470 F2d 1367 United States v. Betham
470 F.2d 1367
UNITED STATES of America, Plaintiff-Appellee,
Bruce Eugene De BETHAM, Defendant-Appellant.
United States Court of Appeals,
Dec. 26, 1972.
Rehearing Denied Feb. 12, 1973.
Charles M. Sevilla, San Diego, Cal., for defendant-appellant.
James Meyers, Asst. U. S. Atty. (argued), Shelby R. Gott, Asst. U. S. Atty. (argued), Stephen G. Nelson, Catherine A. Chandler, Asst. U. S. Attys., Harry D. Steward, U. S. Atty., San Diego, Cal., for plaintiff-appellee.
Before CHAMBERS and KILKENNY, Circuit Judges, and TAYLOR,* District Judge.
After waiver of a jury trial, appellant was convicted by the court of violation of 21 U.S.C. Sec. 844 [possession of heroin]. He appeals from the judgment of conviction and sentence. We affirm.
The sole issue before us is whether the trial judge committed error in failing to receive beneficial polygraphic1 evidence offered by appellant.
ANALYSIS AND CONCLUSION
In support of his contention, appellant directs our attention to volume after volume of testimony, produced at the preliminary hearing, pointing to the reliability of this type evidence. During the four day hearing, the appellant called a substantial number of experts qualified in the field of polygraphy and in the related fields of psychology, psychiatry and physiology. Simply stated, the evidence at the hearing vigorously supports the accuracy of polygraphic evidence. In the trial on the merits, the testimony of appellant was in direct conflict with that of the officers on the principal issues.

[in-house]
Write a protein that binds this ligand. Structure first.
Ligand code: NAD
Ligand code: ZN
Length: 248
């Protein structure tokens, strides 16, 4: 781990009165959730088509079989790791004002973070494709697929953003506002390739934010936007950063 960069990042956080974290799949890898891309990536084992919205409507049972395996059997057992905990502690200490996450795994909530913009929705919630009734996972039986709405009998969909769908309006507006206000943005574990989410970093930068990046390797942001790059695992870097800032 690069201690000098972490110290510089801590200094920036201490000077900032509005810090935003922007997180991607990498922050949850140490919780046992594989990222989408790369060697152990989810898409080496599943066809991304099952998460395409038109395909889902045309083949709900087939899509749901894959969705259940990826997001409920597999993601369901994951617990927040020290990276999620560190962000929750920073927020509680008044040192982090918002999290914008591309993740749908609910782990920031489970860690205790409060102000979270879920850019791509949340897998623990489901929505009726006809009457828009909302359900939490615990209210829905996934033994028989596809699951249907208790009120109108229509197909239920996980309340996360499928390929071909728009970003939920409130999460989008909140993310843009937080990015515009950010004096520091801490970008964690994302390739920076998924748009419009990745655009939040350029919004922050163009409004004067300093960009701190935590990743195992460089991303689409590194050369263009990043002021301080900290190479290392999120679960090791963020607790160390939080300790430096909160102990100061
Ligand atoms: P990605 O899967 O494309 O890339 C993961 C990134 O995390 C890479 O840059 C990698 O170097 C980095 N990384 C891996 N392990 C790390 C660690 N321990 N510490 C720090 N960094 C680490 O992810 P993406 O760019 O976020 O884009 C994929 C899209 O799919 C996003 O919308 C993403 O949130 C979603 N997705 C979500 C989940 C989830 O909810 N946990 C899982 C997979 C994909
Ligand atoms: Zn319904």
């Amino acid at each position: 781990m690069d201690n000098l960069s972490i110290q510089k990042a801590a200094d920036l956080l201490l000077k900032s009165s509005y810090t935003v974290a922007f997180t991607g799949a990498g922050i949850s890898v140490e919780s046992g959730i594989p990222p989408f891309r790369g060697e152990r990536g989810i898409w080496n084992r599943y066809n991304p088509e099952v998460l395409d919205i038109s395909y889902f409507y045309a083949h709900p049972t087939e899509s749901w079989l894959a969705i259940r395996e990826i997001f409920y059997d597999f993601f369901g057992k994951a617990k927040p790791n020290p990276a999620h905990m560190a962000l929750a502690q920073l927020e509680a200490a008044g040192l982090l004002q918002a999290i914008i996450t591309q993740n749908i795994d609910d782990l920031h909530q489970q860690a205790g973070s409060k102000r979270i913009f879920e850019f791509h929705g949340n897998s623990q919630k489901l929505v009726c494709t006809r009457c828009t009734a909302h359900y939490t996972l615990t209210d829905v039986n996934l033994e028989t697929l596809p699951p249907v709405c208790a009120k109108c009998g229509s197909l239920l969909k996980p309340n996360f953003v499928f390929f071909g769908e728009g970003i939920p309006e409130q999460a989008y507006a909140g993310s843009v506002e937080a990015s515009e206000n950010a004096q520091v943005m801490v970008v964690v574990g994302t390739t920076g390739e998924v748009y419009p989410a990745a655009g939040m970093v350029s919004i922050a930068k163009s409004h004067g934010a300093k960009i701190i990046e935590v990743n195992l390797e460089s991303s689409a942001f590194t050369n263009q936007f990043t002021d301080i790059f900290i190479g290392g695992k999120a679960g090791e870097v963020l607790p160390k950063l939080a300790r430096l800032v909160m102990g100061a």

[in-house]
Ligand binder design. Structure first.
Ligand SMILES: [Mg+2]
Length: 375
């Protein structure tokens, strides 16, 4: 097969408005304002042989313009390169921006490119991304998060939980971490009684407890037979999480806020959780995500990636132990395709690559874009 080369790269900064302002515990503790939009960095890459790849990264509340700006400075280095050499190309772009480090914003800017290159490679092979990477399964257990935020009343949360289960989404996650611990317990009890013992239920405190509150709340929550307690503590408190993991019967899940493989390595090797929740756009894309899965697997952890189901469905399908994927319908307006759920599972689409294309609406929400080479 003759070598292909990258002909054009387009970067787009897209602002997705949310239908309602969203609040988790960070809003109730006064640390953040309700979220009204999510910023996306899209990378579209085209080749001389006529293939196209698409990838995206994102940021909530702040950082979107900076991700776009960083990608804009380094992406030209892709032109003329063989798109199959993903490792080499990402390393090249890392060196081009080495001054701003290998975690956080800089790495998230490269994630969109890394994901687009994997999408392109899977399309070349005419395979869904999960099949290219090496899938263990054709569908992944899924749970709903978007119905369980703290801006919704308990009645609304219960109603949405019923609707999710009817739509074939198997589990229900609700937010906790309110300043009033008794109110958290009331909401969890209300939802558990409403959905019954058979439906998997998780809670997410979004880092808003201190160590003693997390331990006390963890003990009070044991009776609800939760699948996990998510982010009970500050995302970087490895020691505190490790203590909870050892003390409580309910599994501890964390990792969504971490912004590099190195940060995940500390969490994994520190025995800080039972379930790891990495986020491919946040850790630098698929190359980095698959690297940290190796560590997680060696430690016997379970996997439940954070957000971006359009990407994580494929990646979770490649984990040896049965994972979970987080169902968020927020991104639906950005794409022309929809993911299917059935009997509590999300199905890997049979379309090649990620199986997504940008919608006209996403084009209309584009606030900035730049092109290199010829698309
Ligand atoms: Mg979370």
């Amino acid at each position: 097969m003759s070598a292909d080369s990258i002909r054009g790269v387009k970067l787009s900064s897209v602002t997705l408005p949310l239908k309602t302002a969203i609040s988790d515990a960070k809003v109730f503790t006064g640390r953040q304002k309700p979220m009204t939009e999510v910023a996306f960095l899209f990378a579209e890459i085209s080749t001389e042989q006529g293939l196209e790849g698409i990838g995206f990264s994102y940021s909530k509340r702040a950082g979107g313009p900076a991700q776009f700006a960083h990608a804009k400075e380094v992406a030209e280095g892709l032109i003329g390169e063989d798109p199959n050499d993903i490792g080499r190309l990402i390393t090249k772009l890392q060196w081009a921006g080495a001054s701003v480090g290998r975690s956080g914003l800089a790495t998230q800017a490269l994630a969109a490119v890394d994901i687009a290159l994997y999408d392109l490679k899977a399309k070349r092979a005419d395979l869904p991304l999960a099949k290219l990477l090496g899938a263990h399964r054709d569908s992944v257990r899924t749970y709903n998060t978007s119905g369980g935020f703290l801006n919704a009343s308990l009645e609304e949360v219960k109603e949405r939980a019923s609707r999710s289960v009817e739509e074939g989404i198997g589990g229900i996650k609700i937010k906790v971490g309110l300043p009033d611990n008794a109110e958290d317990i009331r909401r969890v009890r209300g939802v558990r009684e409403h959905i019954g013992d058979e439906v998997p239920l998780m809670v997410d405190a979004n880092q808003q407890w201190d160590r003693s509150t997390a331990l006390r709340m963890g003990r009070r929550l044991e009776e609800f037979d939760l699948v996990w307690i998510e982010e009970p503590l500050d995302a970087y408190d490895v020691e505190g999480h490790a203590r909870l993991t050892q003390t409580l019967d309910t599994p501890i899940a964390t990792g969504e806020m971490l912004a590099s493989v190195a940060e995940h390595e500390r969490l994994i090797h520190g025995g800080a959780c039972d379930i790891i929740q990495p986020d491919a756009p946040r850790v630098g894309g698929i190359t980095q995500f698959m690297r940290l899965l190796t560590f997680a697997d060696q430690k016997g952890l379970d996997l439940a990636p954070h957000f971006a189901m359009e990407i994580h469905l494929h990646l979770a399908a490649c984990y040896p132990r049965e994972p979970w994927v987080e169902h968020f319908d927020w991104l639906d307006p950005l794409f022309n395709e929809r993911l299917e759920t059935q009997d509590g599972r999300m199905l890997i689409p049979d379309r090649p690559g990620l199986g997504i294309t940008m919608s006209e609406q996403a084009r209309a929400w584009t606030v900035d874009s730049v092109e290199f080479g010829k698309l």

Despite the strong showing made by appellant, we are not ready to say that the trial judge abused his discretion in rejecting the offer. United States v. Salazar-Gaeta, 447 F.2d 468, 469 (CA9 1971); United States v. Sadrzadeh, 440 F.2d 389, 390 (CA9 1971); Frye v. United States, 54 App.D.C. 46, 293 F. 1013, 1014 (1923).
Moreover, our analysis of the record convinces us that the trial judge did not believe appellant in those instances where his testimony conflicted with that of the government witnesses. In these circumstances the error, if any, in rejecting the evidence would be harmless under Rule 52(a), FRCrimP. We do not hold that polygraphic evidence is never admissible.